CINE-DEBATE: PLASTIC BAG vs. THE MAJESTIC PLASTIC BAG, A Blatant Rip-Off?
Is this a non-issue? A should-be-major-controversy? A blatant travesty? Until last week, it didn’t seem to bother anyone too badly, but something has changed. A brief recap…
Ramin Bahrani’s epic short film Plastic Bag, which recounts the sweeping life span of an actual plastic bag—voiced by the inimitable Werner Herzog—from a grocery store to the Trash Vortex of the North Pacific Ocean, was first released online in the spring of 2010 after screening at various high profile festivals (Venice, NYFF, SXSW). Just a few months later, another short film appeared online. This one, titled The Majestic Plastic Bag, was produced by advertising giant DDB as well as Partizan Pictures for the environmental advocacy group Heal The Bay, and it recounts the sweeping life span of an actual plastic bag—voiced by the inimitable Jeremy Irons—from a grocery store to the Trash Vortex of the North Pacific Ocean. Sound familiar? See for yourself:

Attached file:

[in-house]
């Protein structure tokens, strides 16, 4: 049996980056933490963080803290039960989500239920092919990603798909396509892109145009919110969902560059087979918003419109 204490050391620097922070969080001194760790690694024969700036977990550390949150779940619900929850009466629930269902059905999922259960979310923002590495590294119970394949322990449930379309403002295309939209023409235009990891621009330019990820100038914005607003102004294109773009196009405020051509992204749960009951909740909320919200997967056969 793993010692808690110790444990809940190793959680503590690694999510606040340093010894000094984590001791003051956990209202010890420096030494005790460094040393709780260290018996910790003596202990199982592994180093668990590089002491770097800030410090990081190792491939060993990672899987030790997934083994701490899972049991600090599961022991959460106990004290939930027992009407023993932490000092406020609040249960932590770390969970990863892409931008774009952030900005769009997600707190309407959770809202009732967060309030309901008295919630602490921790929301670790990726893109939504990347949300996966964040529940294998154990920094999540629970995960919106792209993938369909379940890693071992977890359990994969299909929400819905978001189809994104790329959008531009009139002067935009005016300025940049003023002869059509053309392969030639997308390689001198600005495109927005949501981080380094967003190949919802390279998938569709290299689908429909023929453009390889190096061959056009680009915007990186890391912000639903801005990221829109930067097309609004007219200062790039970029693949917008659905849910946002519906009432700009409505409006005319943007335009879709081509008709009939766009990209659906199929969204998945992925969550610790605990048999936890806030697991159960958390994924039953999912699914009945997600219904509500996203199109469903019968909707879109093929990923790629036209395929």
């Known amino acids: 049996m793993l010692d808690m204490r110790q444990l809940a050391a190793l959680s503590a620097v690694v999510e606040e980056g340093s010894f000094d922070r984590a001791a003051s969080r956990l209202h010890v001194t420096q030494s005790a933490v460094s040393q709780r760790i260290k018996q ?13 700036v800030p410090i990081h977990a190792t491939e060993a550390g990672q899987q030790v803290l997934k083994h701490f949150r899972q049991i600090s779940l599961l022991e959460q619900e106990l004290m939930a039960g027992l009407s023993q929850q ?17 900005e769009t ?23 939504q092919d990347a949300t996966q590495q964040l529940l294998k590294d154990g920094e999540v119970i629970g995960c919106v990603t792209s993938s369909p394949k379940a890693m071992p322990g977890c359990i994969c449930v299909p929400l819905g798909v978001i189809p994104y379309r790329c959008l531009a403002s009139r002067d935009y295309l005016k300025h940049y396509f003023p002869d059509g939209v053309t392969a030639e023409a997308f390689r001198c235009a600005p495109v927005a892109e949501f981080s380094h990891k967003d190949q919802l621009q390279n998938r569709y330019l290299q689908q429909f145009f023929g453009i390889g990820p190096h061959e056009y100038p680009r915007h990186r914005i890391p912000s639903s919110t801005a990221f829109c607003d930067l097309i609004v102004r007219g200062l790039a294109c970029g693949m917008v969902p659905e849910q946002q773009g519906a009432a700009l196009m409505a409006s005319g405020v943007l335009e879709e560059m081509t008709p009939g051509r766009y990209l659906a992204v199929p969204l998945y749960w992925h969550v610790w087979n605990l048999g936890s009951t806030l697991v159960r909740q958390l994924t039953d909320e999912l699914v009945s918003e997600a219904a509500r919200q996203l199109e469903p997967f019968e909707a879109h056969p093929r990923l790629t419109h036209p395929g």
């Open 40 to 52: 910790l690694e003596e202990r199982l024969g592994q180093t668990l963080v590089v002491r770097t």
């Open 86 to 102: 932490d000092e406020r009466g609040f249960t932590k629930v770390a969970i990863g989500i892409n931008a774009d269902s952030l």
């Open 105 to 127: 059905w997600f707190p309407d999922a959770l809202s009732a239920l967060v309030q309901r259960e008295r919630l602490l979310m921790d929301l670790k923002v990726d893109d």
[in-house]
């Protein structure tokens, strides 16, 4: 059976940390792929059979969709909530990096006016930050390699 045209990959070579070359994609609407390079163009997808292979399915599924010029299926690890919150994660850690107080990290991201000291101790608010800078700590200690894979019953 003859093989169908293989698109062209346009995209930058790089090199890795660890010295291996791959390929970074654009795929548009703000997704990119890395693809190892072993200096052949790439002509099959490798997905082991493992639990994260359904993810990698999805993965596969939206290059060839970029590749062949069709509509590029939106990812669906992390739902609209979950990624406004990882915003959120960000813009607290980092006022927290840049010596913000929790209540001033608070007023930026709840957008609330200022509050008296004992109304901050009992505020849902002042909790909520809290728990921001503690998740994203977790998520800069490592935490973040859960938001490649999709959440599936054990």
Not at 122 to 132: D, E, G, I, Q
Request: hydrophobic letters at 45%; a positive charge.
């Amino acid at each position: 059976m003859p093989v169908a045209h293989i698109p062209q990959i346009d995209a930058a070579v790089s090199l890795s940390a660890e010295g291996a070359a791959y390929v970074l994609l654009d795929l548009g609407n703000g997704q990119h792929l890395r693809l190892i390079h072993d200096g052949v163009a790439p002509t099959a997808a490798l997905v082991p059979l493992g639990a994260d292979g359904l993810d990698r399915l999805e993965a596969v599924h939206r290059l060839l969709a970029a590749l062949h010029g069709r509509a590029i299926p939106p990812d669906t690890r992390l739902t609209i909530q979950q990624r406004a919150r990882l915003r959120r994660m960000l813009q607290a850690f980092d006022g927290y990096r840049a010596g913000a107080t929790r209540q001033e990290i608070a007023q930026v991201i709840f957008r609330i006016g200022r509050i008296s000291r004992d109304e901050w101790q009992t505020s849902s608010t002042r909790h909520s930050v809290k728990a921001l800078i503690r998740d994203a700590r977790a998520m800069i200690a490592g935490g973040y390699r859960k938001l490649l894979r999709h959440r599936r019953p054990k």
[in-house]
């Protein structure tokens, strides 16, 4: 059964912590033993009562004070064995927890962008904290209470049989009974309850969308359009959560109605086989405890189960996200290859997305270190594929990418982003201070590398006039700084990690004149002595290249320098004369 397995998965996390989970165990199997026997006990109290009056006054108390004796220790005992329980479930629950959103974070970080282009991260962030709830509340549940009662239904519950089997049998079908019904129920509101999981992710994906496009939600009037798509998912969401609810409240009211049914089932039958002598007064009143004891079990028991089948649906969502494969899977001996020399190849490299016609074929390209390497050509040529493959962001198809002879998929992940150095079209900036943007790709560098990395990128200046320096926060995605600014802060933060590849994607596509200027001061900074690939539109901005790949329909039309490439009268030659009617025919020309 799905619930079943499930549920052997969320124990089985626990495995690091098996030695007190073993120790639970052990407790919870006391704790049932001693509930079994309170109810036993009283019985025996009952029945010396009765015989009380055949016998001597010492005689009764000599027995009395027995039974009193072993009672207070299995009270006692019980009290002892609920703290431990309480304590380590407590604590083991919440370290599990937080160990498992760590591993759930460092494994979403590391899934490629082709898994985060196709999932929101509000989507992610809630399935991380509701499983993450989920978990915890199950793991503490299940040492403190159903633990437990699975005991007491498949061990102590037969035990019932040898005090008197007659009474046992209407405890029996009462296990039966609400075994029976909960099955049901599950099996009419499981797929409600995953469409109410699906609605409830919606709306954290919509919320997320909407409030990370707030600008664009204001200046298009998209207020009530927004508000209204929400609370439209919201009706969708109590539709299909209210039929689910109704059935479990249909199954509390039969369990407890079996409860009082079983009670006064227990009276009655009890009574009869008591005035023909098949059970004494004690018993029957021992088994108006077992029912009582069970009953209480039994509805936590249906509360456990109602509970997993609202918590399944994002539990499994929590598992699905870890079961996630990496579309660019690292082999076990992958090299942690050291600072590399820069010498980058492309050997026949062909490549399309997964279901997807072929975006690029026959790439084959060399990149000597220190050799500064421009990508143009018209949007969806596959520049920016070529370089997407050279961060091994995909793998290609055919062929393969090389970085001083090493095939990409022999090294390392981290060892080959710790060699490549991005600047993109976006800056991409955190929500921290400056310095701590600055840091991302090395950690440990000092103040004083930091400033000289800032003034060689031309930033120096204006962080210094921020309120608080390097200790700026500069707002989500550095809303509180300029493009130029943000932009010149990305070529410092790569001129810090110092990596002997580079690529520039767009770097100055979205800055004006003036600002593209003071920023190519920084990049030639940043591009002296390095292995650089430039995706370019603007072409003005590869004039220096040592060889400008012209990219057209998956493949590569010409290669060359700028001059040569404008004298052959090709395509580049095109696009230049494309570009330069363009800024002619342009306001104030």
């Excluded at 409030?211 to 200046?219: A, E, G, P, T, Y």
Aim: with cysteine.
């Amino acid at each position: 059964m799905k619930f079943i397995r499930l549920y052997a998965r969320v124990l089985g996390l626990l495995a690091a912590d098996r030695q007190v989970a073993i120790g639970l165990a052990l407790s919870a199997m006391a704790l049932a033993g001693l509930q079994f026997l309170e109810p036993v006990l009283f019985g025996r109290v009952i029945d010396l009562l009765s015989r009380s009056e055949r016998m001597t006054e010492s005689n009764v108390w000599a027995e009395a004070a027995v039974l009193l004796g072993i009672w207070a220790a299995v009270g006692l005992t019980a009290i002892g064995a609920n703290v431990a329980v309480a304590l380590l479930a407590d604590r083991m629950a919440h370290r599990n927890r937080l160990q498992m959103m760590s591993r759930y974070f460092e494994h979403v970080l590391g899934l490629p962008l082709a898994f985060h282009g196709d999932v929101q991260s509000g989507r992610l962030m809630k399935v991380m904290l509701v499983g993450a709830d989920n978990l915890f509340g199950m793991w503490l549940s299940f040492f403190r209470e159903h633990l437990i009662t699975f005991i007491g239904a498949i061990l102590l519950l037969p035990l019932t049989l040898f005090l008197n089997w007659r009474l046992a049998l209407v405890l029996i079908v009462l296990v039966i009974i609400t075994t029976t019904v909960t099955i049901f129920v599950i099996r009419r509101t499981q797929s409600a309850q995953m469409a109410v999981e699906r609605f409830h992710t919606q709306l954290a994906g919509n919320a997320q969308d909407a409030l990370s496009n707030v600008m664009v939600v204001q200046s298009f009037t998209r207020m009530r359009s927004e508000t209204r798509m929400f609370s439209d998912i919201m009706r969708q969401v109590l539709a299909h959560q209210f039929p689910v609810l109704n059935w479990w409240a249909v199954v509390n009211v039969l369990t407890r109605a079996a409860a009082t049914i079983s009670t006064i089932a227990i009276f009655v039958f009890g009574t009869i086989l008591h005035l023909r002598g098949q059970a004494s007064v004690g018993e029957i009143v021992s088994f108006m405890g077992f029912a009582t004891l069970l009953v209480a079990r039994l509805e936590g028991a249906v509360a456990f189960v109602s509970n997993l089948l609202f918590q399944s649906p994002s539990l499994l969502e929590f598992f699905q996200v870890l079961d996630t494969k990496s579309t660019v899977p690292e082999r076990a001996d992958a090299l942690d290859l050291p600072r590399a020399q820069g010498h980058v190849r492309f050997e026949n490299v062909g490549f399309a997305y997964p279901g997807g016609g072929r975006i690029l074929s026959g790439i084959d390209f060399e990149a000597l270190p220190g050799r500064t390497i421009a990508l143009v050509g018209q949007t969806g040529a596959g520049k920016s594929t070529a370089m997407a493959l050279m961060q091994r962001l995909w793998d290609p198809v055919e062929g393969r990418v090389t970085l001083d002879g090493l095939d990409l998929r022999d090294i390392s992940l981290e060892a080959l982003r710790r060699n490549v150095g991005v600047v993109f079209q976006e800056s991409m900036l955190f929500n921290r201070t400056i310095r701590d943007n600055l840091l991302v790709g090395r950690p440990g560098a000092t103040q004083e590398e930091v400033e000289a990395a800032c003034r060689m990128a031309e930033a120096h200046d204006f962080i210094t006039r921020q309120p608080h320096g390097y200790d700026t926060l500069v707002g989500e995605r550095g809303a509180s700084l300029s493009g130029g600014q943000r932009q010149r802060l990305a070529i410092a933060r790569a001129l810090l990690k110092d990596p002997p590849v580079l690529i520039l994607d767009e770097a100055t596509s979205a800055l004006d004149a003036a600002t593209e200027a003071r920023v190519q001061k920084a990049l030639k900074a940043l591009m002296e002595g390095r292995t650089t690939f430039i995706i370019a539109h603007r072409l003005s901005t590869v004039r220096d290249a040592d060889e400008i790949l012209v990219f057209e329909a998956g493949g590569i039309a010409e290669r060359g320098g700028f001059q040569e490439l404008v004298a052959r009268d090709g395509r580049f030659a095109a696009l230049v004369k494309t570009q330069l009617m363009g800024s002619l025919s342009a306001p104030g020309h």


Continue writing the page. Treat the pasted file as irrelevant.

The Majestic Plastic Bag
In the name of a good cause—which everyone seems to agree this PSA is—it seems silly to nitpick about creative thievery. But with last week’s news that The Majestic Plastic Bag has found a high profile slot at the 2011 Sundance Film Festival, where it will precede Marshall Curry’s If A Tree Falls: A Story of the Earth Liberation Front, the game changes. Or does it?
To be honest, I was more personally affronted by John Hillcoat’s George Washington Redux Levi’s commerical this past summer, but this turn of events does bring into question the stubborn and at times arrogant behavior of advertising agencies and their complete lack of regard for the creative efforts of filmmakers both big budget and small.
I’m the last person in the world to be condemning Sundance right now, but even taking that baggage into account, I think the real problem here is with these advertising agencies, who repeatedly jack actual shots and ideas from films yet never suffer any consequences. We, as creators and viewers and appreciators of art, need to take a stand and let these agencies know that it is not okay to behave in this manner without crediting or reimbursing their victims. Try coming up with your own ideas every once in a while, jerkies.